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Thermal stability and structural changes in bacterial toxins responsible for food poisoning

Regenthal, Paulina LU ; Söndergaard Hansen, Jesper LU ; André, Ingemar LU and Lindkvist-Petersson, Karin LU (2017) In PLoS ONE 12(2).
Abstract

The staphylococcal enterotoxins (SEs) are secreted by the bacteria Staphylococcus aureus and are the most common causative agent in staphylococcal food poisoning. The staphylococcal enterotoxin A (SEA) has been associated with large staphylococcal food poisoning outbreaks, but newer identified SEs, like staphylococcal enterotoxin H (SEH) has recently been shown to be present at similar levels as SEA in food poisoning outbreaks. Thus, we set out to investigate the thermo-stability of the three-dimensional structures of SEA, SEH and staphylococcal enterotoxin E (SEE), since heat inactivation is a common method to inactivate toxins during food processing. Interestingly, the investigated toxins behaved distinctly different upon heating. SEA... (More)

The staphylococcal enterotoxins (SEs) are secreted by the bacteria Staphylococcus aureus and are the most common causative agent in staphylococcal food poisoning. The staphylococcal enterotoxin A (SEA) has been associated with large staphylococcal food poisoning outbreaks, but newer identified SEs, like staphylococcal enterotoxin H (SEH) has recently been shown to be present at similar levels as SEA in food poisoning outbreaks. Thus, we set out to investigate the thermo-stability of the three-dimensional structures of SEA, SEH and staphylococcal enterotoxin E (SEE), since heat inactivation is a common method to inactivate toxins during food processing. Interestingly, the investigated toxins behaved distinctly different upon heating. SEA and SEE were more stable at slightly acidic pH values, while SEH adopted an extremely stable structure at neutral pH, with almost no effects on secondary structural elements upon heating to 95°C, and with reversible formation of tertiary structure upon subsequent cooling to room temperature. Taken together, the data suggests that the family of staphylococcal enterotoxins have different ability to withstand heat, and thus the exact profile of heat inactivation for all SEs causing food poisoning needs to be considered to improve food safety.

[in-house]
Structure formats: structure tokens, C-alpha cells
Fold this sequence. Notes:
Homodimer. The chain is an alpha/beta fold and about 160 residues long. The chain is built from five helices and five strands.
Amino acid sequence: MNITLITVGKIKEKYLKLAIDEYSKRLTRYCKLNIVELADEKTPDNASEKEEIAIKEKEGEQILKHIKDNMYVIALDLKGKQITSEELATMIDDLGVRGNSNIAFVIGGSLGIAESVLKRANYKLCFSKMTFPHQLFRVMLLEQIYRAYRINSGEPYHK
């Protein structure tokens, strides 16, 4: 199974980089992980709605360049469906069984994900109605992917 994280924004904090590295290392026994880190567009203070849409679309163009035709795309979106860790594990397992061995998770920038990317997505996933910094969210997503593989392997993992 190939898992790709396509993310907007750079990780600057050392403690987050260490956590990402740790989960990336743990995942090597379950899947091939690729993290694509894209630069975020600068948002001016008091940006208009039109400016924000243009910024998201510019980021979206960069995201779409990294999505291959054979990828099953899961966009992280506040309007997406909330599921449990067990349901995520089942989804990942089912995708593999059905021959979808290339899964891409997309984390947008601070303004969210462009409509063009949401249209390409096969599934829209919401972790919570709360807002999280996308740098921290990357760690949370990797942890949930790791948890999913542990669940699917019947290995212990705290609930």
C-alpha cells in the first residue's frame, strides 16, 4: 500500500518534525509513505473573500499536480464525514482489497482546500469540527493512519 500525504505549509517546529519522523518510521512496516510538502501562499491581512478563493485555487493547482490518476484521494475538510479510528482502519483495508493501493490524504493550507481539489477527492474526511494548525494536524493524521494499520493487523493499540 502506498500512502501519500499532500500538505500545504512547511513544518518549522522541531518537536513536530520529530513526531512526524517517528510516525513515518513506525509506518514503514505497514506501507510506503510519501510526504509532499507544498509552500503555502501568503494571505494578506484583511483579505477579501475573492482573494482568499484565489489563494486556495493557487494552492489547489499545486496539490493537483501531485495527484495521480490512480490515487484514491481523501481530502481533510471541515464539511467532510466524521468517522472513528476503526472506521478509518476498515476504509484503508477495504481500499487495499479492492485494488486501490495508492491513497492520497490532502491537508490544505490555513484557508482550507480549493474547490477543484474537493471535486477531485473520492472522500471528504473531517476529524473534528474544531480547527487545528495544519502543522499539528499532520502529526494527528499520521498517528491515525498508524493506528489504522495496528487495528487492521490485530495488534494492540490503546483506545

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organization
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publication status
published
subject
keywords
Journal Article
in
PLoS ONE
volume
12
issue
2
publisher
Public Library of Science
external identifiers
  • scopus:85013073466
  • wos:000394424500138
ISSN
1932-6203
DOI
10.1371/journal.pone.0172445
language
English
LU publication?
yes
id
d7f4ba54-37da-46c8-aba4-70fd5dafb1f4
date added to LUP
2017-02-20 12:41:41
date last changed
2018-03-25 04:34:26
@article{d7f4ba54-37da-46c8-aba4-70fd5dafb1f4,
  abstract     = {<p>The staphylococcal enterotoxins (SEs) are secreted by the bacteria Staphylococcus aureus and are the most common causative agent in staphylococcal food poisoning. The staphylococcal enterotoxin A (SEA) has been associated with large staphylococcal food poisoning outbreaks, but newer identified SEs, like staphylococcal enterotoxin H (SEH) has recently been shown to be present at similar levels as SEA in food poisoning outbreaks. Thus, we set out to investigate the thermo-stability of the three-dimensional structures of SEA, SEH and staphylococcal enterotoxin E (SEE), since heat inactivation is a common method to inactivate toxins during food processing. Interestingly, the investigated toxins behaved distinctly different upon heating. SEA and SEE were more stable at slightly acidic pH values, while SEH adopted an extremely stable structure at neutral pH, with almost no effects on secondary structural elements upon heating to 95°C, and with reversible formation of tertiary structure upon subsequent cooling to room temperature. Taken together, the data suggests that the family of staphylococcal enterotoxins have different ability to withstand heat, and thus the exact profile of heat inactivation for all SEs causing food poisoning needs to be considered to improve food safety.</p>},
  articleno    = {e0172445},
  author       = {Regenthal, Paulina and Söndergaard Hansen, Jesper and André, Ingemar and Lindkvist-Petersson, Karin},
  issn         = {1932-6203},
  keyword      = {Journal Article},
  language     = {eng},
  number       = {2},
  publisher    = {Public Library of Science},
  series       = {PLoS ONE},
  title        = {Thermal stability and structural changes in bacterial toxins responsible for food poisoning},
  url          = {http://dx.doi.org/10.1371/journal.pone.0172445},
  volume       = {12},
  year         = {2017},
}